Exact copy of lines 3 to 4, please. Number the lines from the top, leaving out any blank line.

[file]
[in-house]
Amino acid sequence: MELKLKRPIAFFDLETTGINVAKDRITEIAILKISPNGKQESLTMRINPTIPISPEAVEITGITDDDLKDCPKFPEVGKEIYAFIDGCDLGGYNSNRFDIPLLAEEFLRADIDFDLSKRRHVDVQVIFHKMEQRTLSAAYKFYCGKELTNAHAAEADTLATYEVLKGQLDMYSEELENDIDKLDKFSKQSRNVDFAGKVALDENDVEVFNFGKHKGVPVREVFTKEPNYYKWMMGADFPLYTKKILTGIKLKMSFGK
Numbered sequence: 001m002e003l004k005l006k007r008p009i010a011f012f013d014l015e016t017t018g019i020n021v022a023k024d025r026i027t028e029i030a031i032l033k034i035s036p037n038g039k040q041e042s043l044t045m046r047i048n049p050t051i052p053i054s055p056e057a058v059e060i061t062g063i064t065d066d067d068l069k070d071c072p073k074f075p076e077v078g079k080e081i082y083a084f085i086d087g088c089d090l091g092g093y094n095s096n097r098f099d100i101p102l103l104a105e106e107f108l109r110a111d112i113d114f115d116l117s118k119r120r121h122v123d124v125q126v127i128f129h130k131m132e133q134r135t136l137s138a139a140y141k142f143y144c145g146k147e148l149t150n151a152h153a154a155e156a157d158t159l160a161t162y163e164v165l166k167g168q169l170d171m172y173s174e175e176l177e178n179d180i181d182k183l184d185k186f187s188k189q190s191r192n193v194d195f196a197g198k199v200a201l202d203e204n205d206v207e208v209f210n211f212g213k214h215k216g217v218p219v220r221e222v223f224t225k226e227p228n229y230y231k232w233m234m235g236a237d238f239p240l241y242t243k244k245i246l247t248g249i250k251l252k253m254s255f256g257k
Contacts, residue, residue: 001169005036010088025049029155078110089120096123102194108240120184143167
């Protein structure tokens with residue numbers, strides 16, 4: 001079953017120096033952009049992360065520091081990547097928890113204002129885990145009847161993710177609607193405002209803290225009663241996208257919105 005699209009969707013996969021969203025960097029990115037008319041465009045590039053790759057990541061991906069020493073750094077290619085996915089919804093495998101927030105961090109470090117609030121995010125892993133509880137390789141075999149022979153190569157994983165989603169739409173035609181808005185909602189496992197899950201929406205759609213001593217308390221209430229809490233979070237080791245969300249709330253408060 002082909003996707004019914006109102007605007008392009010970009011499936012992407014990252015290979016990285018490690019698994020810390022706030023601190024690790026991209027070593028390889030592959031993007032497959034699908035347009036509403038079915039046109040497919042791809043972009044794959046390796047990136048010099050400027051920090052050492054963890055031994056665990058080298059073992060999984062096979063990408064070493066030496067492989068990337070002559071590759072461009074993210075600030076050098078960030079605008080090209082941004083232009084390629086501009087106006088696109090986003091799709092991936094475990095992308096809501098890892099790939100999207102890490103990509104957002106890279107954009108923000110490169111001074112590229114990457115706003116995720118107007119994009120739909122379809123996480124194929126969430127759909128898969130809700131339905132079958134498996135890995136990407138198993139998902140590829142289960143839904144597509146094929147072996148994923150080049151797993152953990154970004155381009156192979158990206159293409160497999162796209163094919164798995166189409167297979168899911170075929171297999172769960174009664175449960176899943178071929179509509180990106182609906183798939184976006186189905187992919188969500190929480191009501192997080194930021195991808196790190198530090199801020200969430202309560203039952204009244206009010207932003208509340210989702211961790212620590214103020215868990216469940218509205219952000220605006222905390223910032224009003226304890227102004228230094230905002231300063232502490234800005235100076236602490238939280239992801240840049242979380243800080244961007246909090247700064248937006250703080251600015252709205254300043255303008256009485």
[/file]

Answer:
Numbered sequence: 001m002e003l004k005l006k007r008p009i010a011f012f013d014l015e016t017t018g019i020n021v022a023k024d025r026i027t028e029i030a031i032l033k034i035s036p037n038g039k040q041e042s043l044t045m046r047i048n049p050t051i052p053i054s055p056e057a058v059e060i061t062g063i064t065d066d067d068l069k070d071c072p073k074f075p076e077v078g079k080e081i082y083a084f085i086d087g088c089d090l091g092g093y094n095s096n097r098f099d100i101p102l103l104a105e106e107f108l109r110a111d112i113d114f115d116l117s118k119r120r121h122v123d124v125q126v127i128f129h130k131m132e133q134r135t136l137s138a139a140y141k142f143y144c145g146k147e148l149t150n151a152h153a154a155e156a157d158t159l160a161t162y163e164v165l166k167g168q169l170d171m172y173s174e175e176l177e178n179d180i181d182k183l184d185k186f187s188k189q190s191r192n193v194d195f196a197g198k199v200a201l202d203e204n205d206v207e208v209f210n211f212g213k214h215k216g217v218p219v220r221e222v223f224t225k226e227p228n229y230y231k232w233m234m235g236a237d238f239p240l241y242t243k244k245i246l247t248g249i250k251l252k253m254s255f256g257k
Contacts, residue, residue: 001169005036010088025049029155078110089120096123102194108240120184143167